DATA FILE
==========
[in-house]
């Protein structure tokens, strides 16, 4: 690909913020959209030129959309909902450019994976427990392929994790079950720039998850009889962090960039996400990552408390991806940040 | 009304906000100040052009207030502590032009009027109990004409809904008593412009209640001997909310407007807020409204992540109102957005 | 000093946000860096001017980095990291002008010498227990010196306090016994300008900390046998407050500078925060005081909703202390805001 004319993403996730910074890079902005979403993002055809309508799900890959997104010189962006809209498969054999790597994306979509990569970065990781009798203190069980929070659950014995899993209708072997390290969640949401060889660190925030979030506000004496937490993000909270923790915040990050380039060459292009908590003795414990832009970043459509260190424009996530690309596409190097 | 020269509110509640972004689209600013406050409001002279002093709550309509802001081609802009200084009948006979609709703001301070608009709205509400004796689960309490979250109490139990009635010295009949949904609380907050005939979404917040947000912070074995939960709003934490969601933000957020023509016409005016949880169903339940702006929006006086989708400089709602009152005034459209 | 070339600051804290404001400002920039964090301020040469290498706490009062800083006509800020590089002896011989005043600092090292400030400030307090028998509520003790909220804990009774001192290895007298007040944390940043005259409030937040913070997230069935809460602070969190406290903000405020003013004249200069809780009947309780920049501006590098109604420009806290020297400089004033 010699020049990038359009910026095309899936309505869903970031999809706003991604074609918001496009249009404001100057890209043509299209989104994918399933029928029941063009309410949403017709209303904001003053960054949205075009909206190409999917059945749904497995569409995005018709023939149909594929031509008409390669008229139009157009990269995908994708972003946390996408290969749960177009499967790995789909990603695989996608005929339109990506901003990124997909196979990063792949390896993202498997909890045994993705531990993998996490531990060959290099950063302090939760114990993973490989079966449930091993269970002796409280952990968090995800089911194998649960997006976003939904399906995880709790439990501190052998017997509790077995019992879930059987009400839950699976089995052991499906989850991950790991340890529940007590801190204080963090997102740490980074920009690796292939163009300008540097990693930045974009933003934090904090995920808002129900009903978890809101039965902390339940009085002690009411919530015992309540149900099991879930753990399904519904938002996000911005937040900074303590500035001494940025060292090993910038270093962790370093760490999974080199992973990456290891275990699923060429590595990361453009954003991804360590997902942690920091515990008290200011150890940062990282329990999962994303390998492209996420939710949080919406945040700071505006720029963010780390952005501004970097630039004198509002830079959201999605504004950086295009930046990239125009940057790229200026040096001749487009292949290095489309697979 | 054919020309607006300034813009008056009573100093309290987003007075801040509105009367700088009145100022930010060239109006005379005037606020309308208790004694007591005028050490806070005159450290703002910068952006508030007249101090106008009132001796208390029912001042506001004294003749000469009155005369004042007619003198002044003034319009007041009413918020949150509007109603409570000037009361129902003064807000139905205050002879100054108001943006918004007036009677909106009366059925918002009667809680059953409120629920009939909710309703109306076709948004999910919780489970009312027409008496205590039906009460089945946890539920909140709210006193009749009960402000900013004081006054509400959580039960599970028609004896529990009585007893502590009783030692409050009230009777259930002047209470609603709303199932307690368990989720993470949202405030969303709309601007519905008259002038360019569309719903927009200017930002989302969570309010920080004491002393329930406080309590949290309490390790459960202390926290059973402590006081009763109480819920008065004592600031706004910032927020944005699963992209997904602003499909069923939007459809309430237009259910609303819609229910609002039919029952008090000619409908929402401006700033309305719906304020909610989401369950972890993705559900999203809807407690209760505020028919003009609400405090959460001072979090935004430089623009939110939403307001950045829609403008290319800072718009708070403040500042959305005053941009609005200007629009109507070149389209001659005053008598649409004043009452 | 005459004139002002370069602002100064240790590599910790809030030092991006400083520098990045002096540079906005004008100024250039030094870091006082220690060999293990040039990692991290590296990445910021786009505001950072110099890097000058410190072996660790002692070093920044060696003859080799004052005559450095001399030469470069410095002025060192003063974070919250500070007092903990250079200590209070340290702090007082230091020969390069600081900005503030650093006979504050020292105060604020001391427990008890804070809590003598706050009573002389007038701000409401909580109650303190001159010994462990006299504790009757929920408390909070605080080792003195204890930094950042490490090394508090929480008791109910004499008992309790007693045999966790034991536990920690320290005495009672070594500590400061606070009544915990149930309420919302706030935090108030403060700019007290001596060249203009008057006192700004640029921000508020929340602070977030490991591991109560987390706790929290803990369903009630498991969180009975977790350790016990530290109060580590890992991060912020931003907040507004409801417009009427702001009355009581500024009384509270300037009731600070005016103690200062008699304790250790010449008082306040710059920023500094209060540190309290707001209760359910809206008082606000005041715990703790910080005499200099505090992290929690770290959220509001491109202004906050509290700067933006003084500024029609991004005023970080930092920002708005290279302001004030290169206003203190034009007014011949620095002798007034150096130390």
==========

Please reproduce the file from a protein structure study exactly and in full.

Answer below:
[in-house]
């Protein structure tokens, strides 16, 4: 690909913020959209030129959309909902450019994976427990392929994790079950720039998850009889962090960039996400990552408390991806940040 | 009304906000100040052009207030502590032009009027109990004409809904008593412009209640001997909310407007807020409204992540109102957005 | 000093946000860096001017980095990291002008010498227990010196306090016994300008900390046998407050500078925060005081909703202390805001 004319993403996730910074890079902005979403993002055809309508799900890959997104010189962006809209498969054999790597994306979509990569970065990781009798203190069980929070659950014995899993209708072997390290969640949401060889660190925030979030506000004496937490993000909270923790915040990050380039060459292009908590003795414990832009970043459509260190424009996530690309596409190097 | 020269509110509640972004689209600013406050409001002279002093709550309509802001081609802009200084009948006979609709703001301070608009709205509400004796689960309490979250109490139990009635010295009949949904609380907050005939979404917040947000912070074995939960709003934490969601933000957020023509016409005016949880169903339940702006929006006086989708400089709602009152005034459209 | 070339600051804290404001400002920039964090301020040469290498706490009062800083006509800020590089002896011989005043600092090292400030400030307090028998509520003790909220804990009774001192290895007298007040944390940043005259409030937040913070997230069935809460602070969190406290903000405020003013004249200069809780009947309780920049501006590098109604420009806290020297400089004033 010699020049990038359009910026095309899936309505869903970031999809706003991604074609918001496009249009404001100057890209043509299209989104994918399933029928029941063009309410949403017709209303904001003053960054949205075009909206190409999917059945749904497995569409995005018709023939149909594929031509008409390669008229139009157009990269995908994708972003946390996408290969749960177009499967790995789909990603695989996608005929339109990506901003990124997909196979990063792949390896993202498997909890045994993705531990993998996490531990060959290099950063302090939760114990993973490989079966449930091993269970002796409280952990968090995800089911194998649960997006976003939904399906995880709790439990501190052998017997509790077995019992879930059987009400839950699976089995052991499906989850991950790991340890529940007590801190204080963090997102740490980074920009690796292939163009300008540097990693930045974009933003934090904090995920808002129900009903978890809101039965902390339940009085002690009411919530015992309540149900099991879930753990399904519904938002996000911005937040900074303590500035001494940025060292090993910038270093962790370093760490999974080199992973990456290891275990699923060429590595990361453009954003991804360590997902942690920091515990008290200011150890940062990282329990999962994303390998492209996420939710949080919406945040700071505006720029963010780390952005501004970097630039004198509002830079959201999605504004950086295009930046990239125009940057790229200026040096001749487009292949290095489309697979 | 054919020309607006300034813009008056009573100093309290987003007075801040509105009367700088009145100022930010060239109006005379005037606020309308208790004694007591005028050490806070005159450290703002910068952006508030007249101090106008009132001796208390029912001042506001004294003749000469009155005369004042007619003198002044003034319009007041009413918020949150509007109603409570000037009361129902003064807000139905205050002879100054108001943006918004007036009677909106009366059925918002009667809680059953409120629920009939909710309703109306076709948004999910919780489970009312027409008496205590039906009460089945946890539920909140709210006193009749009960402000900013004081006054509400959580039960599970028609004896529990009585007893502590009783030692409050009230009777259930002047209470609603709303199932307690368990989720993470949202405030969303709309601007519905008259002038360019569309719903927009200017930002989302969570309010920080004491002393329930406080309590949290309490390790459960202390926290059973402590006081009763109480819920008065004592600031706004910032927020944005699963992209997904602003499909069923939007459809309430237009259910609303819609229910609002039919029952008090000619409908929402401006700033309305719906304020909610989401369950972890993705559900999203809807407690209760505020028919003009609400405090959460001072979090935004430089623009939110939403307001950045829609403008290319800072718009708070403040500042959305005053941009609005200007629009109507070149389209001659005053008598649409004043009452 | 005459004139002002370069602002100064240790590599910790809030030092991006400083520098990045002096540079906005004008100024250039030094870091006082220690060999293990040039990692991290590296990445910021786009505001950072110099890097000058410190072996660790002692070093920044060696003859080799004052005559450095001399030469470069410095002025060192003063974070919250500070007092903990250079200590209070340290702090007082230091020969390069600081900005503030650093006979504050020292105060604020001391427990008890804070809590003598706050009573002389007038701000409401909580109650303190001159010994462990006299504790009757929920408390909070605080080792003195204890930094950042490490090394508090929480008791109910004499008992309790007693045999966790034991536990920690320290005495009672070594500590400061606070009544915990149930309420919302706030935090108030403060700019007290001596060249203009008057006192700004640029921000508020929340602070977030490991591991109560987390706790929290803990369903009630498991969180009975977790350790016990530290109060580590890992991060912020931003907040507004409801417009009427702001009355009581500024009384509270300037009731600070005016103690200062008699304790250790010449008082306040710059920023500094209060540190309290707001209760359910809206008082606000005041715990703790910080005499200099505090992290929690770290959220509001491109202004906050509290700067933006003084500024029609991004005023970080930092920002708005290279302001004030290169206003203190034009007014011949620095002798007034150096130390």